There are thousands and thousands of dogs and cats in the U.S. looking for forever homes. This means if you’re looking to adopt a new best friend, narrowing the choice down to one can be overwhelming! Adopting a pet is an exciting experience but it’s a huge commitment in terms of your time and money. And you need to think about what will work best for your family and lifestyle. So how do you choose the perfect pet for you? Here are some important things to consider:
Time. How much time do you have? Will you be in or out all day? Some pets are very social and can suffer from separation anxiety if they’re left on their own too long. If you want a dog, will you be able to take it for several walks a day? If not, do you have someone who can do this for you? If you want to adopt a cat but will be away for long periods, can you adopt two cats to keep each other company? In any case, you may want to stock up on essentials for when your pet is left alone.
Space. Do you live in a house or apartment? Do you have a garden or yard – and is it fenced? If your cat will be an indoor cat (which we recommend), is there room for an outdoor enclosure where they can play? If you rent, do you have permission from the owner to have a pet?
Cost. What can you afford? Adopting a dog or cat from an animal shelter or rescue organization can cost anywhere from $100-200. This fee will usually cover spay or neutering, some vaccinations and a microchip. If you buy a purebred from a breeder, expect to pay from $500 to several thousand dollars. In both cases you’ll want to calculate annual pet care costs, which include food, toys, pet beds, grooming, vet bills – and lots more!
Purebred or mixed breed. Do you want to adopt a loveable mutt from a shelter or rescue organization, or do you prefer to buy a purebred from a reputable breeder? Keep in mind you can find many purebreds at shelters too, or breed rescue organizations.
Age. This is the big question! Puppies and kittens are adorable but they need a lot of attention and supervision. A young dog or cat won’t be such a handful and may already be trained, while an older pet will make a great companion.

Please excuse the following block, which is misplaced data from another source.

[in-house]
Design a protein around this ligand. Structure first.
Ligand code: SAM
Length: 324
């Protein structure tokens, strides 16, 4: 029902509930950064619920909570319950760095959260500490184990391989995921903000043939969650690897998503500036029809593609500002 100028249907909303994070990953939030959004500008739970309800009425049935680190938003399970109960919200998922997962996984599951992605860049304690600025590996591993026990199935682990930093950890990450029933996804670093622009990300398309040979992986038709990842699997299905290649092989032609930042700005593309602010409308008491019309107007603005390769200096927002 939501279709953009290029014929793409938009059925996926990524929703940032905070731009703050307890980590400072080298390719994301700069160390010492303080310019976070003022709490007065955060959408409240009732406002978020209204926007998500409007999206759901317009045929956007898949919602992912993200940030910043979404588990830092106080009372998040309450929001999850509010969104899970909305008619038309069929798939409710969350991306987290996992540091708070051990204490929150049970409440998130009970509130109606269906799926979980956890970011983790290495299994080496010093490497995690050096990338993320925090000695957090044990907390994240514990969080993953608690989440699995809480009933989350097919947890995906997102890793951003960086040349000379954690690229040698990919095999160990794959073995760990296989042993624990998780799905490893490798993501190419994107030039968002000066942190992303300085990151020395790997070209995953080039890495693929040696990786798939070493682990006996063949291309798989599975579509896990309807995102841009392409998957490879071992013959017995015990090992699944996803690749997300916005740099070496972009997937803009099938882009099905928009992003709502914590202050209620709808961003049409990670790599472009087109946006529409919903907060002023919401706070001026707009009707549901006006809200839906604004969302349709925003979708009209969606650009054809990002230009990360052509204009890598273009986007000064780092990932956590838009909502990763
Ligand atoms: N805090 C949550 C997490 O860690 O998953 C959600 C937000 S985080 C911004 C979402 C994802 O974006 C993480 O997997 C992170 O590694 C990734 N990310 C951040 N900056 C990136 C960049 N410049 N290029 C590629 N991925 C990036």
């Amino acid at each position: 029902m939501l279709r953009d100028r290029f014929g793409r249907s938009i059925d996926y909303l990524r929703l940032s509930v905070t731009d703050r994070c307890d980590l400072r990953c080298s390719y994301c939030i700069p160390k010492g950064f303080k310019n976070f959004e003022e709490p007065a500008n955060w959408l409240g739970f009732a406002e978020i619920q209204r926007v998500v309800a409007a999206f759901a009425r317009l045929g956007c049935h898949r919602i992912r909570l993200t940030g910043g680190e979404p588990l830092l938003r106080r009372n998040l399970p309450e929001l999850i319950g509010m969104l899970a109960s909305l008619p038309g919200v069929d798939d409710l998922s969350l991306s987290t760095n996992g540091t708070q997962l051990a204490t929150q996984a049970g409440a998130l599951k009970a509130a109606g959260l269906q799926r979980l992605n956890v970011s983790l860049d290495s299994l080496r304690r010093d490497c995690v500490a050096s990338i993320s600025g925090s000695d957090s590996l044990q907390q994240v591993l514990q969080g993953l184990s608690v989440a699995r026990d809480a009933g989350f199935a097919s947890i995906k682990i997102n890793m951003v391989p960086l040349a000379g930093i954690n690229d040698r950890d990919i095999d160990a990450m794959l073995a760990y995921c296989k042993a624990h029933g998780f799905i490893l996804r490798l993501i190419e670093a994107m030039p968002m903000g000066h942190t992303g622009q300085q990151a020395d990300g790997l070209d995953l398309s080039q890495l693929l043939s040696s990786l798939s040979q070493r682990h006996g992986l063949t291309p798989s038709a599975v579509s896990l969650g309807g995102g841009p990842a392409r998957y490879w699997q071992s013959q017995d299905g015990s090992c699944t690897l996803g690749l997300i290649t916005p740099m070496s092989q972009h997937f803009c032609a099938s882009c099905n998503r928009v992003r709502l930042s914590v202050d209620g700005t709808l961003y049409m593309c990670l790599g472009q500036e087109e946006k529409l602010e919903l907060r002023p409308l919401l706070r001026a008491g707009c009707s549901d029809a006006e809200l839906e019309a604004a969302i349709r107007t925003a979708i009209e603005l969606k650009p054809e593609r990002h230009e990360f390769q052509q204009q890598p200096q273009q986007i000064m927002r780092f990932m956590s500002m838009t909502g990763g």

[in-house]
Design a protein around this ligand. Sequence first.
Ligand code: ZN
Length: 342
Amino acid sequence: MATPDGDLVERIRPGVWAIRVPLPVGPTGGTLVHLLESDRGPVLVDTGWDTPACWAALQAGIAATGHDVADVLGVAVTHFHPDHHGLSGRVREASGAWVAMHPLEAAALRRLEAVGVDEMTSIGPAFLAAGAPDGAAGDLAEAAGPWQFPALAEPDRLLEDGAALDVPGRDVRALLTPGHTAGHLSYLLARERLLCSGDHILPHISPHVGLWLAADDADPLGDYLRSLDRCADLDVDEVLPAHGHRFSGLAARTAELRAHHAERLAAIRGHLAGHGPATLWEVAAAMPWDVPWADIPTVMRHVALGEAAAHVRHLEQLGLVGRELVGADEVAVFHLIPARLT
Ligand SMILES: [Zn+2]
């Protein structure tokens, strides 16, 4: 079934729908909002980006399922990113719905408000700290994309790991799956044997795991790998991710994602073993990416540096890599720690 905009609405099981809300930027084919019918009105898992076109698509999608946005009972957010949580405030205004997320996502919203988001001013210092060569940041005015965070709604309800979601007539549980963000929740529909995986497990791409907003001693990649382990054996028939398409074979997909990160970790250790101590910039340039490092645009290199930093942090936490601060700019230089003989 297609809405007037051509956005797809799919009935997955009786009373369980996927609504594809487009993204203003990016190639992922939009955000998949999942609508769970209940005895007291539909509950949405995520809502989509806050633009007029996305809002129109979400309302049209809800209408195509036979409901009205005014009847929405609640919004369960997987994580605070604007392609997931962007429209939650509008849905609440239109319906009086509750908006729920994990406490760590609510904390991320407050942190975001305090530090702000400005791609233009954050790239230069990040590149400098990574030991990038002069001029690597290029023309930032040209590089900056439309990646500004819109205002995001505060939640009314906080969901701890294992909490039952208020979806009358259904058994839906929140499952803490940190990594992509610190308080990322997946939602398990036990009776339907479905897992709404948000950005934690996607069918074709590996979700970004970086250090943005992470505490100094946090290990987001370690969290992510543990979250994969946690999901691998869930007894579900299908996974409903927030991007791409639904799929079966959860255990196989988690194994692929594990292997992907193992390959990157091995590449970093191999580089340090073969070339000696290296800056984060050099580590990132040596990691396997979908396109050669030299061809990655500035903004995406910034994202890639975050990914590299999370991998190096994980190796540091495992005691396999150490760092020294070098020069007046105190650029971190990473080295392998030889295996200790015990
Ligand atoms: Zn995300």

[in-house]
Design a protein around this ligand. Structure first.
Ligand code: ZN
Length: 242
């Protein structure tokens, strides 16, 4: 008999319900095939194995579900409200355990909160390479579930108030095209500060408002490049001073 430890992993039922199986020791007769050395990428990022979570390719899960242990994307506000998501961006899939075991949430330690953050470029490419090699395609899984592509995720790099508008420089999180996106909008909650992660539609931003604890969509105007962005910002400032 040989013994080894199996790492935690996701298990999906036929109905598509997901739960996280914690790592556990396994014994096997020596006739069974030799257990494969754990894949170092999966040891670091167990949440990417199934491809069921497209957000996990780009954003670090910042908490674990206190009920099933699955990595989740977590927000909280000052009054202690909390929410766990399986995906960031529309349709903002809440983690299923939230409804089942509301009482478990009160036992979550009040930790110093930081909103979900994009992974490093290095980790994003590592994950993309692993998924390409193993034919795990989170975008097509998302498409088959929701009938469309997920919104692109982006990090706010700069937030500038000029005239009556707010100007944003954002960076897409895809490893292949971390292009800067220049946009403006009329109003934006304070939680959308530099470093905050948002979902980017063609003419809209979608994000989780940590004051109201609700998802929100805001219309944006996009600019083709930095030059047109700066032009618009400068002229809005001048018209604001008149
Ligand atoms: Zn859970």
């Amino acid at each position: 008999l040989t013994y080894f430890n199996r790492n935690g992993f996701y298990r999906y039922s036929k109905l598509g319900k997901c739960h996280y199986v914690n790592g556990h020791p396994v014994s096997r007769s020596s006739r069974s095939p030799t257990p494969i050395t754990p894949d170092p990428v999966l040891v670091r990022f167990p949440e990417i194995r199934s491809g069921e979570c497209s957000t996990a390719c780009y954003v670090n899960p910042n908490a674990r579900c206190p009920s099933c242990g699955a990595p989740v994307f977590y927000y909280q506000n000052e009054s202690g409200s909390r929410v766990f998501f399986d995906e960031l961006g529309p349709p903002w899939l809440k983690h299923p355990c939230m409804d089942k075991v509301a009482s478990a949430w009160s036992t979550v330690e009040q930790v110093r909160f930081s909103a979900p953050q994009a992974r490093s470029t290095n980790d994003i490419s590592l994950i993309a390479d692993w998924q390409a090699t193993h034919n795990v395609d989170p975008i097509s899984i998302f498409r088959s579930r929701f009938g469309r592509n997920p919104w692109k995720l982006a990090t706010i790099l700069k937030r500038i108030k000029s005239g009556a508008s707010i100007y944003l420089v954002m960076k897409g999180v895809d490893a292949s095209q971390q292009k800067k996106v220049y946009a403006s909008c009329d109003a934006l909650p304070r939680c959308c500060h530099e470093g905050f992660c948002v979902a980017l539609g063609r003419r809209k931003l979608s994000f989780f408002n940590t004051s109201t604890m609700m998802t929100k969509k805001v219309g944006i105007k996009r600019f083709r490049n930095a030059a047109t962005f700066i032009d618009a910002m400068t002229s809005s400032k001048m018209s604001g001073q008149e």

Size. Is your heart set on adopting a big dog or cat? Medium sized? Or small? Or it doesn’t matter?
Short or long-haired. Are you allergic to cats or dogs? It may be better to adopt a pet with short hair. If you adopt a pet with longer hair, will you have the time and patience to groom her?
Health issues and other special needs. Would you consider adopting a disabled pet? One with an illness such as diabetes? What about an abused pet who needs extra love and care? Or one who’s considered unadoptable because of the way he looks – like these winners of the World’s Ugliest Dog Contest?
Young children. Do you have a young child in your household? Babies and toddlers can be rough with pets – and puppies and kittens are still in their biting and scratching phase. A slightly older (or adult) dog or cat will likely have more patience and be able to escape from little hands! Whatever their age, it’s safest to always watch pets when they’re around young children.
Other pets. If you already have a dog, will she accept another dog or a cat as a housemate? And if you have a cat, will she be okay with another cat or dog invading her space? Some cats and dogs react well to sharing their home with other pets, while others can take time to adapt – and a few never do.
Personality. Do you want a quiet, mellow cat or dog? Or a friendly, active pet? Every animal has its own unique characteristics and temperament, although they may not fully blossom until they feel safe and loved in their new home.